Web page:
Despite the increased popularity of Halloween in Japan (ハロウィーン), in the past, dressing up in costume usually meant attending cosplay conventions. Tens of thousands of people attend such events every year. This part of Japanese culture has also become popular in Western countries. In fact, in 2014, over 33,000 people attended Otakon, a cosplay event in Baltimore, Maryland.

Thanks to the cosplay culture, Halloween has become increasingly popular in Japan as young people continue to embrace American culture. Last year in the Shibuya District in Tokyo, throngs of people took to the streets to celebrate Halloween in Japan.

If you happen to be in Tokyo on Halloween, you’ll be impressed by the costumes and makeup. When I first experienced Halloween, in high school in the U.S., I remember seeing a kid dressed as Bob Marley. I was amazed by the work kids put into their costumes. In Japan, you’ll see the same type of elaborate, high-quality costumes.

The obsession with Halloween in Japan may also be due to Obon, a period in August in which Japanese people celebrate their ancestors’ spirits. It’s an annual Buddhist holiday where people visit their relatives and honor their ancestors.

A yurei is a karmic ghost that’s associated with Obon and Halloween in Japan. A yurei is terrifying, like something you would see in a horror movie.

On the other hand, an obake is a cute, anime-like ghost which is also associated with Obon and Halloween in Japan. For Japanese people, Halloween is a time to have fun and show off their costumes.

In addition, Halloween in Japan is very marketable. Businesses take advantage of the opportunity to sell candy, costumes, and Halloween-related goods. Growing up in Japan as a kid, I remember getting candies that came in a Jack-o’-lantern case. My mother put the case by the front door, and I would avoid passing that area at night because I was afraid of the Jack-o’-lantern.

Halloween may be a relatively new holiday in Japan, but Japanese people love to put their own twist on this American tradition. If you have a chance to visit Japan on Halloween, I’m sure you’ll have just as much fun as the locals.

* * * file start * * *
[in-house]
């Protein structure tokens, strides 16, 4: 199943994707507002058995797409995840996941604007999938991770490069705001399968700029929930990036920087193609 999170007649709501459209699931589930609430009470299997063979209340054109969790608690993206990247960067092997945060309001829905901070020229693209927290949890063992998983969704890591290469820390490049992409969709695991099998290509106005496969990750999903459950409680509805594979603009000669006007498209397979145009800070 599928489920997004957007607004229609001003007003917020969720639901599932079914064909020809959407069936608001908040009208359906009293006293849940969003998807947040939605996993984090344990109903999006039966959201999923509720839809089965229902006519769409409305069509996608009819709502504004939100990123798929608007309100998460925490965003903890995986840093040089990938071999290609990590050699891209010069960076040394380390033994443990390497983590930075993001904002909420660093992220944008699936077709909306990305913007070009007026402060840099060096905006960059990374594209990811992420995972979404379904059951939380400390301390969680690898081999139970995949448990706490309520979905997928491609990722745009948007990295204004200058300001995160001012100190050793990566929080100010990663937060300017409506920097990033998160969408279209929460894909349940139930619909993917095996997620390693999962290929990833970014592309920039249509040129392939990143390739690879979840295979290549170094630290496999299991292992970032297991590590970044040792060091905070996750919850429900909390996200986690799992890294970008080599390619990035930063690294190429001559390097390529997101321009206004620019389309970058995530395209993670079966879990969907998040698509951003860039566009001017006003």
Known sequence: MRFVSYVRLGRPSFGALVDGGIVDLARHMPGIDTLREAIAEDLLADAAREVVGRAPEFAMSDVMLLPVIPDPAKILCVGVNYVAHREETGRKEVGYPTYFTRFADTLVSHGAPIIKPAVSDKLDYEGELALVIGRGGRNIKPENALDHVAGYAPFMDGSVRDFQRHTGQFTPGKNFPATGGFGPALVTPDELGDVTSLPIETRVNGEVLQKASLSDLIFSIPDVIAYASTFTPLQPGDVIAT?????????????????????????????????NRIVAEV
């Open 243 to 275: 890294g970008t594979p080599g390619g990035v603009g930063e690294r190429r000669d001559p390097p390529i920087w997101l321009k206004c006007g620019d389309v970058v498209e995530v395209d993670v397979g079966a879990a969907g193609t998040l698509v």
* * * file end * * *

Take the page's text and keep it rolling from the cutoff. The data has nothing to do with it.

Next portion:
Here are some Japanese vocabulary  words to help you get in the spirit… ハッピーハロウィン (happy Halloween)!

 

halloween in Japan


 

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Taro TPost Author: Taro T.
Taro T. teaches Japanese and ESL in Washington, D.C. He is a language acquisition specialist and mentors students from the United States, Thailand, Italy, Korea, Turkey, and El Salvador. Born and raised in Japan, Taro came to the United States when he was 16 to learn English and American culture. He gained fluency in both English and Spanish. Learn more about Taro here!

Photo by Hideya HAMANO

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Japanese martial arts

The Ultimate Guide to Japanese Martial Arts

Japanese martial arts

There’s no better way to learn Japanese than exploring important aspects of the culture. Martial arts play a significant role in both Japanese history and Japanese culture.

So whether you’re taking Japanese lessons or you’re interested in learning martial arts, here is your guide to the most popular Japanese fighting styles.

Sumo

Japanese martial arts

Photo by T toes

Sumo is Japan’s national sport. The rules are simple: each rikishi (wrestler) tries to push his opponent out of the elevated, clay dohyo (ring).

A sumo match ends when a wrestler steps out of the ring, or touches the ground with anything other than the soles of his feet. Matches usually take just a few seconds, but can last up to a minute or longer.

Unlike American wrestling, there are no weight classes in sumo, so a smaller wrestler could find himself face to face with a much larger opponent.